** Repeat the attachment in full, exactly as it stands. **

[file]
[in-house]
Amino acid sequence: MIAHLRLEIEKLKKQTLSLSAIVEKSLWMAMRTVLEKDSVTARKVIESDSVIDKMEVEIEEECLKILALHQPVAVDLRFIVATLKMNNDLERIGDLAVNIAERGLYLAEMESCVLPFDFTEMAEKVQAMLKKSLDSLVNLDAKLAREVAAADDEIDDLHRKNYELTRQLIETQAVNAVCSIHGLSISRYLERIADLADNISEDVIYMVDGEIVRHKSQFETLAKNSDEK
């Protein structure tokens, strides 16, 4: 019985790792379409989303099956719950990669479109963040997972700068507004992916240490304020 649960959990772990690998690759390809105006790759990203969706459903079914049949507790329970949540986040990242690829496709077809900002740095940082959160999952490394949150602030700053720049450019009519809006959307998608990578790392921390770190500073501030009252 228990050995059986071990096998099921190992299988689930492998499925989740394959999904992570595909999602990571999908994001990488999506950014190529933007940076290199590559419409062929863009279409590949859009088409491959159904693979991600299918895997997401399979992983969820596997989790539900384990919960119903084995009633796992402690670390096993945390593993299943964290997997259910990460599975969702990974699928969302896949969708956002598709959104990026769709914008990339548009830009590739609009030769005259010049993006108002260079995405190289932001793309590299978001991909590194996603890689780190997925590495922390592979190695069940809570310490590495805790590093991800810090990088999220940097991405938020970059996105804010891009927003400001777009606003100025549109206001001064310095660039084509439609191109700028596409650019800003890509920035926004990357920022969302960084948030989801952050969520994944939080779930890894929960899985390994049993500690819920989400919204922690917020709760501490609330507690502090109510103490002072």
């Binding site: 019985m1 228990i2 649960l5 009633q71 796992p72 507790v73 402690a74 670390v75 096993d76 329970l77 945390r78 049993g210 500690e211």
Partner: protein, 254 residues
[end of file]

[in-house]
Amino acid sequence: MIAHLRLEIEKLKKQTLSLSAIVEKSLWMAMRTVLEKDSVTARKVIESDSVIDKMEVEIEEECLKILALHQPVAVDLRFIVATLKMNNDLERIGDLAVNIAERGLYLAEMESCVLPFDFTEMAEKVQAMLKKSLDSLVNLDAKLAREVAAADDEIDDLHRKNYELTRQLIETQAVNAVCSIHGLSISRYLERIADLADNISEDVIYMVDGEIVRHKSQFETLAKNSDEK
């Protein structure tokens, strides 16, 4: 019985790792379409989303099956719950990669479109963040997972700068507004992916240490304020 649960959990772990690998690759390809105006790759990203969706459903079914049949507790329970949540986040990242690829496709077809900002740095940082959160999952490394949150602030700053720049450019009519809006959307998608990578790392921390770190500073501030009252 228990050995059986071990096998099921190992299988689930492998499925989740394959999904992570595909999602990571999908994001990488999506950014190529933007940076290199590559419409062929863009279409590949859009088409491959159904693979991600299918895997997401399979992983969820596997989790539900384990919960119903084995009633796992402690670390096993945390593993299943964290997997259910990460599975969702990974699928969302896949969708956002598709959104990026769709914008990339548009830009590739609009030769005259010049993006108002260079995405190289932001793309590299978001991909590194996603890689780190997925590495922390592979190695069940809570310490590495805790590093991800810090990088999220940097991405938020970059996105804010891009927003400001777009606003100025549109206001001064310095660039084509439609191109700028596409650019800003890509920035926004990357920022969302960084948030989801952050969520994944939080779930890894929960899985390994049993500690819920989400919204922690917020709760501490609330507690502090109510103490002072």
């Binding site: 019985m1 228990i2 649960l5 009633q71 796992p72 507790v73 402690a74 670390v75 096993d76 329970l77 945390r78 049993g210 500690e211």
Partner: protein, 254 residues